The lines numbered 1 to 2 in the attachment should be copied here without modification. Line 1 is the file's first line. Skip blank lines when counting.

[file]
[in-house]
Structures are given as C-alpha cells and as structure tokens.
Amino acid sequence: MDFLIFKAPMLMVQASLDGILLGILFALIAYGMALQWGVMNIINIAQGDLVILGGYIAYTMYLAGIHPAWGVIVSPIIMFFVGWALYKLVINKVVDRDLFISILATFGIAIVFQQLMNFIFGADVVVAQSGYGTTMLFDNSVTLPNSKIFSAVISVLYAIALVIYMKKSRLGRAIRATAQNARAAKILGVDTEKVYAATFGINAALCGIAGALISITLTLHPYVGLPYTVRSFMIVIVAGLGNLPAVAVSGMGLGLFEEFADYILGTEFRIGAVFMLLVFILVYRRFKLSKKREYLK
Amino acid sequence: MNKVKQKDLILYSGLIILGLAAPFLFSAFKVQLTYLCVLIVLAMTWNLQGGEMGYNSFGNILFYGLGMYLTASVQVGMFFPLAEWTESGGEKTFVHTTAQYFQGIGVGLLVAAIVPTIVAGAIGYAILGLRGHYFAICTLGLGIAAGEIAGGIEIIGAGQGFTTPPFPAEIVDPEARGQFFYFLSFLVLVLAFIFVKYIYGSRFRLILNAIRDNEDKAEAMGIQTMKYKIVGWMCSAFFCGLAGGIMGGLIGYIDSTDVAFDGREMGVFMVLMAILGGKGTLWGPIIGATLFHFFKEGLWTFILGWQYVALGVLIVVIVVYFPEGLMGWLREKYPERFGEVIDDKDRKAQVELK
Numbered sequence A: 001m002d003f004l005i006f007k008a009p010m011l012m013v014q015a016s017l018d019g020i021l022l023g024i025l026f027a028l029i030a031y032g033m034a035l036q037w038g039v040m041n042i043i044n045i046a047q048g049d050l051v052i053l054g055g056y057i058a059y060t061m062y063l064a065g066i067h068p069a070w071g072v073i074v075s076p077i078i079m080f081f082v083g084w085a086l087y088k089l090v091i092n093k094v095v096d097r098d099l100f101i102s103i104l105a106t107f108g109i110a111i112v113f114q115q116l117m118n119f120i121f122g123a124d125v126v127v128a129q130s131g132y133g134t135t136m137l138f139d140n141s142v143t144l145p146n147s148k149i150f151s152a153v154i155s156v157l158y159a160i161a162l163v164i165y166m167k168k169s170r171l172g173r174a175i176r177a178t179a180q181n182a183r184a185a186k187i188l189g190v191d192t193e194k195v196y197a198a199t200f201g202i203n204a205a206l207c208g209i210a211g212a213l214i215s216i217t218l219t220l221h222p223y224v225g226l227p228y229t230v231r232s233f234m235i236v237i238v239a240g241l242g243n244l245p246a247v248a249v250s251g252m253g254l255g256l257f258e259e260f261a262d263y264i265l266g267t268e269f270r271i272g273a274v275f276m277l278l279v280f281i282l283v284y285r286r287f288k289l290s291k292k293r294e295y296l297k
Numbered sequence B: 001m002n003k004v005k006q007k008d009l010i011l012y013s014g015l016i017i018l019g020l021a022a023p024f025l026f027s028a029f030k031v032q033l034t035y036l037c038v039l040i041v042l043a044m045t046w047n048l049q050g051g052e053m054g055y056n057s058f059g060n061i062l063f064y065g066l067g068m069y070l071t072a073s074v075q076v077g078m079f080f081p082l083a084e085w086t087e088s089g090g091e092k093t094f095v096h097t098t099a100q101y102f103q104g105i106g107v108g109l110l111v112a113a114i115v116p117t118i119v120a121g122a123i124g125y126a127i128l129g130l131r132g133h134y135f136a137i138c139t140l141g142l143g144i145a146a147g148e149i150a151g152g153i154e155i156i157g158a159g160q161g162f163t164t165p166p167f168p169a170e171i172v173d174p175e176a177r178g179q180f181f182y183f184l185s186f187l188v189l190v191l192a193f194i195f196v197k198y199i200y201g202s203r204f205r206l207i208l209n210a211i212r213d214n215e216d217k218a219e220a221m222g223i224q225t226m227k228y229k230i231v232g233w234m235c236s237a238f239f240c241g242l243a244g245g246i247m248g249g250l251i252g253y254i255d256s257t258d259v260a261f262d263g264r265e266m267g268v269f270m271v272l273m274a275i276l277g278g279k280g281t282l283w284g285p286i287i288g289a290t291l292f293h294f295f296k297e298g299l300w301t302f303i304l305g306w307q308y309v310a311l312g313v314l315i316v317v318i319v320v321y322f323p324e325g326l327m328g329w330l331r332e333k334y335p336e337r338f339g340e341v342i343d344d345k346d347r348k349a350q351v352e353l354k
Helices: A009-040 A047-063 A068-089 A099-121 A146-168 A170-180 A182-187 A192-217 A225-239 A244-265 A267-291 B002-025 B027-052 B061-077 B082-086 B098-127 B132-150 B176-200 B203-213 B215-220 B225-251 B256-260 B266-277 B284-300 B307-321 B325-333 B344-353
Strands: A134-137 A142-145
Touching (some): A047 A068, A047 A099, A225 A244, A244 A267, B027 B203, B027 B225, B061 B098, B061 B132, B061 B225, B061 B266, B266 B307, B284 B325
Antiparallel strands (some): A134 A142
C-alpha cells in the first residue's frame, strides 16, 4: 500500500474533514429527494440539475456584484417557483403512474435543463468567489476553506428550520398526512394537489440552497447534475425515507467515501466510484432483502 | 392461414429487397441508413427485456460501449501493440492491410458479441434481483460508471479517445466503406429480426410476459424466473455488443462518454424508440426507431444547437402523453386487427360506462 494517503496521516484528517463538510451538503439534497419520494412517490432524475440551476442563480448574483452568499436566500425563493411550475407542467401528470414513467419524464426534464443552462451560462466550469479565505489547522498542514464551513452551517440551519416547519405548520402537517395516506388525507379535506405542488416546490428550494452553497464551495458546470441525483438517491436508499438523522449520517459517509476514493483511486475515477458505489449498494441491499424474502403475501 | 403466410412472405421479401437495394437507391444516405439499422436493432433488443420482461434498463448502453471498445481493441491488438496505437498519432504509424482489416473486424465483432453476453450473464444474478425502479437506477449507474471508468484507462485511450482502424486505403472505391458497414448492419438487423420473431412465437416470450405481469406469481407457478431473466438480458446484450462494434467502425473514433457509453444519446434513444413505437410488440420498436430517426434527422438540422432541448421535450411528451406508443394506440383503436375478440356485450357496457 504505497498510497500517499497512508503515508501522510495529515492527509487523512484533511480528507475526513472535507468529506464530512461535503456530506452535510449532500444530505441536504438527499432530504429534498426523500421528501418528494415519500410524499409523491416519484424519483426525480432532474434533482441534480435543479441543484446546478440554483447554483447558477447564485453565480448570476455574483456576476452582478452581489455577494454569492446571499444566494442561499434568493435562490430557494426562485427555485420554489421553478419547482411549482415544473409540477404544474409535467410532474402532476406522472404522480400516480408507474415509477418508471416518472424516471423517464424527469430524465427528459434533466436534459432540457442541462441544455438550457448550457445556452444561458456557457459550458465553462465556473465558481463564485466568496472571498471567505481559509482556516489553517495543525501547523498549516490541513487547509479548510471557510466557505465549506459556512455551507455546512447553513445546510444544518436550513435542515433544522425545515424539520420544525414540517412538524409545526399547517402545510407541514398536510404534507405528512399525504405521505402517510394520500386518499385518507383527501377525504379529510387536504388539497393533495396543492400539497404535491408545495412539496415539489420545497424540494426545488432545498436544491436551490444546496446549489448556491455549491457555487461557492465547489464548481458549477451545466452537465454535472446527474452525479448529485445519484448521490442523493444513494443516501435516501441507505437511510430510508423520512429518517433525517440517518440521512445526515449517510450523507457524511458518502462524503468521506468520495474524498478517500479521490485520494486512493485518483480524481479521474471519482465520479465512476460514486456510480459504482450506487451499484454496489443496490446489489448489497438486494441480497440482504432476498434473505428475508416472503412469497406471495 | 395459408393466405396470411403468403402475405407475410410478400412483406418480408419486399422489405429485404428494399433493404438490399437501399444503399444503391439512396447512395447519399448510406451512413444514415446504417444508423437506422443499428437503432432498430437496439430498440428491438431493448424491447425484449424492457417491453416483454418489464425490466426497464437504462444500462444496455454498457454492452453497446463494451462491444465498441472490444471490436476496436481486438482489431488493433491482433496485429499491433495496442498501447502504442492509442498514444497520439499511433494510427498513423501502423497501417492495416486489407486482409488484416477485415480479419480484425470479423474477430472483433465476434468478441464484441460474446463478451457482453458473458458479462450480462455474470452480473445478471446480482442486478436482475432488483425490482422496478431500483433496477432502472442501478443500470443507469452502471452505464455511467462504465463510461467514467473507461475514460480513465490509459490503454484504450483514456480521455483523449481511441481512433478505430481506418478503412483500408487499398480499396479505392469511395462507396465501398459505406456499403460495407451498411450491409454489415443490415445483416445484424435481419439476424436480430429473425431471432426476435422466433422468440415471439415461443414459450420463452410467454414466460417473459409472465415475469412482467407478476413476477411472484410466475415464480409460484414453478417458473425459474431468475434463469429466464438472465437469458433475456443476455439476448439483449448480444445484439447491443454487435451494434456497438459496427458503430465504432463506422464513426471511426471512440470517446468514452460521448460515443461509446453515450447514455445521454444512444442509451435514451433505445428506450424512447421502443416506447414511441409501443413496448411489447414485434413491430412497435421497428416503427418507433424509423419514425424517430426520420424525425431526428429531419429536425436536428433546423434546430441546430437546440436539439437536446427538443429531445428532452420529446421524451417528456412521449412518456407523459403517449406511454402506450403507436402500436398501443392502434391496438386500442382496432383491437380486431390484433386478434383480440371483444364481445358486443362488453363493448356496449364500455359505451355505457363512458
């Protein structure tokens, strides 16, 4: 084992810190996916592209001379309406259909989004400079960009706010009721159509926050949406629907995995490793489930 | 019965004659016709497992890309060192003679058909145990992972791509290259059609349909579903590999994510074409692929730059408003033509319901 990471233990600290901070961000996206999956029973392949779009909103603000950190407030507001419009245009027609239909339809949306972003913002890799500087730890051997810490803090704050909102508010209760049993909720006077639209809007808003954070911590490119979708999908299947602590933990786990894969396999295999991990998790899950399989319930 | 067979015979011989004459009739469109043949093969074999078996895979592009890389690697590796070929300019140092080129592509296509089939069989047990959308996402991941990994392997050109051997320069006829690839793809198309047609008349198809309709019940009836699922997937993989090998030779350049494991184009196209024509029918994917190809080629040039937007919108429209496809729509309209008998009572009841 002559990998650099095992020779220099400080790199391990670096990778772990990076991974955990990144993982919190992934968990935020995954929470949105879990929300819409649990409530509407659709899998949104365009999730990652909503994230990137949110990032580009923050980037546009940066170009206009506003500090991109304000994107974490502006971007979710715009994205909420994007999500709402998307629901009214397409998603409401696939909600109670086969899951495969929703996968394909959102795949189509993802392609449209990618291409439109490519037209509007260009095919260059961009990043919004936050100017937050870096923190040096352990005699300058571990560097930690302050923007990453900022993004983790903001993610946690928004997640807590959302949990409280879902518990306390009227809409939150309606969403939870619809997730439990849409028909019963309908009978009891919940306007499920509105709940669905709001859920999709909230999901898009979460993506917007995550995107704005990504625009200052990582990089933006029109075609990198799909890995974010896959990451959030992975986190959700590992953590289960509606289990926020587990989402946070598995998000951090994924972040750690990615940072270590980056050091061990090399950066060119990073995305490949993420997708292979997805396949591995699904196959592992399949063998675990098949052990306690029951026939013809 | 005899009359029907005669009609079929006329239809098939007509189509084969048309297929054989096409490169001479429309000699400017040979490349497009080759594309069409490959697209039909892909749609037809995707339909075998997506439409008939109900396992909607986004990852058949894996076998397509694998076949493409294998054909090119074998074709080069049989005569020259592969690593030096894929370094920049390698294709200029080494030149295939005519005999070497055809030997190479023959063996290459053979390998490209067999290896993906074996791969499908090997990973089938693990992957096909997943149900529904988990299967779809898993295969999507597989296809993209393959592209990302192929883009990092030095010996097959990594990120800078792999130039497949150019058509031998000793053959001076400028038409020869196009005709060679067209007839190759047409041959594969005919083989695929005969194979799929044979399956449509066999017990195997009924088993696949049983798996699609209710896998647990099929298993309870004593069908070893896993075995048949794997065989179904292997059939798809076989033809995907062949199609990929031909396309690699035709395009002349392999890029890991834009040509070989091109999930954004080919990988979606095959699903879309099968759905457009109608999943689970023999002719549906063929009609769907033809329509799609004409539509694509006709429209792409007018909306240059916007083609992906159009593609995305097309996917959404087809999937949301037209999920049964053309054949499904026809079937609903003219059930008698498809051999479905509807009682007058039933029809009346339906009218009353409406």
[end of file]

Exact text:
[in-house]
Structures are given as C-alpha cells and as structure tokens.